A salmon burger is a patty made of chopped or flaked salmon fillet, mixed with spices and vegetables such as onions and scallions. Sometimes bread crumbs and eggs are mixed in as well.
You can eat a salmon burger by itself or on a kaiser roll like a hamburger, although a salmon burger offers far fewer calories and much less fat than a burger made of beef.
A four-ounce salmon burger patty contains about 110 calories, according to LIVESTRONG.COM's food database MyPlate. Based on a 2,000-calorie diet, this accounts for about six percent of the calories you should include in your daily eating plan 1.
This amount may vary depending on how the salmon patty is made, as well as how you opt to consume it — with a bun, over a bed of lettuce or with condiments. A beef burger has about 300 calories, making a salmon burger a better choice if you follow a low-calorie eating plan.
The ideal range of calories for a meal is 300 to 600, so be sure to pair your salmon burger with appropriate foods to reach your nutritional goals.
- A four-ounce salmon burger patty contains about 110 calories, according to LIVESTRONG.COM's food database MyPlate.
- A beef burger has about 300 calories, making a salmon burger a better choice if you follow a low-calorie eating plan.
Protein Content of Canned Salmon
Your energy needs are met by consuming fat, carbohydrates and protein. Carbohydrates serve as your body's primary fuel source, although a salmon burger does not contain many — 0.1 grams per four-ounce patty.
The Institute of Medicine recommends 130 g carbohydrates, as well as 46 to 56 grams of protein every day, for optimal health. While a salmon burger is not a rich source of carbohydrates, it does provide 19 grams of protein — about 40 percent of what you need every day. This protein not only serves as energy for your body, it keeps your immune system functioning correctly.
Your body requires fat as well, just not as much. It's recommended to limit your fat intake to 44 to 78 grams per day. A salmon burger contains 3.5 grams fat, far less than a beef burger, which contains 23 grams fat.
- Your energy needs are met by consuming fat, carbohydrates and protein.
- The Institute of Medicine recommends 130 g carbohydrates, as well as 46 to 56 grams of protein every day, for optimal health.
Including adequate amounts of fiber in your diet may reduce your risk of heart problems, osteoporosis and some types of cancer, such as colon cancer. It also helps regulate your digestion and bowel movements.
One four-ounce salmon burger provides you with one to two grams of fiber, although you need far more than this in your daily meal plan. You should consume 25 to 38 grams of fiber, preferably from fruits, vegetables and whole-grain foods.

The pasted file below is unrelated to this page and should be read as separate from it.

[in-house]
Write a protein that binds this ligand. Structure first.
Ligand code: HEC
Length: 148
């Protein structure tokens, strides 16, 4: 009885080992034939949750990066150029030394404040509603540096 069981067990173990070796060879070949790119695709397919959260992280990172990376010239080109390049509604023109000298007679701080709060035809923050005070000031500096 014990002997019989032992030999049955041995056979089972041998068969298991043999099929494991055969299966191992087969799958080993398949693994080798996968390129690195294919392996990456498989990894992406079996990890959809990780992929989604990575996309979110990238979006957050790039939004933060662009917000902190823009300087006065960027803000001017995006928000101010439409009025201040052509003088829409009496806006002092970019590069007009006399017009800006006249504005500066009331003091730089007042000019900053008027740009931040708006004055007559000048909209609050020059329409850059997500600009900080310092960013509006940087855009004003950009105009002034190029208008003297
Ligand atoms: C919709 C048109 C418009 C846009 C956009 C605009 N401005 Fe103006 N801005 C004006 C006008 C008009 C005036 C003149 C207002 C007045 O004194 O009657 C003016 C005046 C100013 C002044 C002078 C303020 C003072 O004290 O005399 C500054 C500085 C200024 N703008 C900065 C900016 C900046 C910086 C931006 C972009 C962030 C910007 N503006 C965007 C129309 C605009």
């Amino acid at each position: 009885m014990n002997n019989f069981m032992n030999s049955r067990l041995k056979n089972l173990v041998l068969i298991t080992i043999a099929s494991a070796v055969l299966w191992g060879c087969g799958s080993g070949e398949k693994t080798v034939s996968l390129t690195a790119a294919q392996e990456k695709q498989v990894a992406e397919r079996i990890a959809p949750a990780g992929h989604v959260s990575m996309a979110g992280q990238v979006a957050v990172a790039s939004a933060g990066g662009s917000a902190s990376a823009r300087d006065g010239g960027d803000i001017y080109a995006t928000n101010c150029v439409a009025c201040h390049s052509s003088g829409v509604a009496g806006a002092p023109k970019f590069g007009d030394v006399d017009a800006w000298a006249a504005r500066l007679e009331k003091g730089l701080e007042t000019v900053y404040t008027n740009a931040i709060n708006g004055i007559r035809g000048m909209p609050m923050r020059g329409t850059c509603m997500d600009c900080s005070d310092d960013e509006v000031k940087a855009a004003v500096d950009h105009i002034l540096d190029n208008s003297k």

- Including adequate amounts of fiber in your diet may reduce your risk of heart problems, osteoporosis and some types of cancer, such as colon cancer.
- You should consume 25 to 38 grams of fiber, preferably from fruits, vegetables and whole-grain foods.
Omega-3 Fatty Acids
Is Tuna Healthy?
Salmon burgers serve as a good source of omega-3 fatty acids. The American Heart Association recommends consuming fish, including salmon, at least twice a week to get the omega-3 fatty acids you need. These essential fats help your brain function at an optimal level and may reduce your chances of developing arthritis, heart disease and cancer.
Almost every kind of fish, including salmon, contains mercury and other pollutants. Larger fish tend to have the higher levels of contamination simply because they live longer, giving them ample opportunity to absorb pollutants.
Salmon is generally low in mercury, but the U.S. Centers for Disease Control and Prevention recommends limiting your fish intake to no more than 12 ounces per week.
More About MyPlate
The free LIVESTRONG MyPlate calorie tracker app for iPhone and Android has helped millions of people lose weight the healthy way — by getting support from an active community as they track their eating and exercise. Consistently a top-rated app, MyPlate offers the latest technology in an easy-to-use tool that includes millions of foods and recipes, 5-minute in-app workouts and a robust support community.
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- The Diet Channel: What's An Ideal Daily Calorie Intake?
- Heart Health for Women. Academy of Nutrition and Dietetics.
Nicki Wolf has been writing health and human interest articles since 1986. Her work has been published at various cooking and nutrition websites. Wolf has an extensive background in medical/nutrition writing and online content development in the nonprofit arena. She graduated with a Bachelor of Arts in English from Temple University.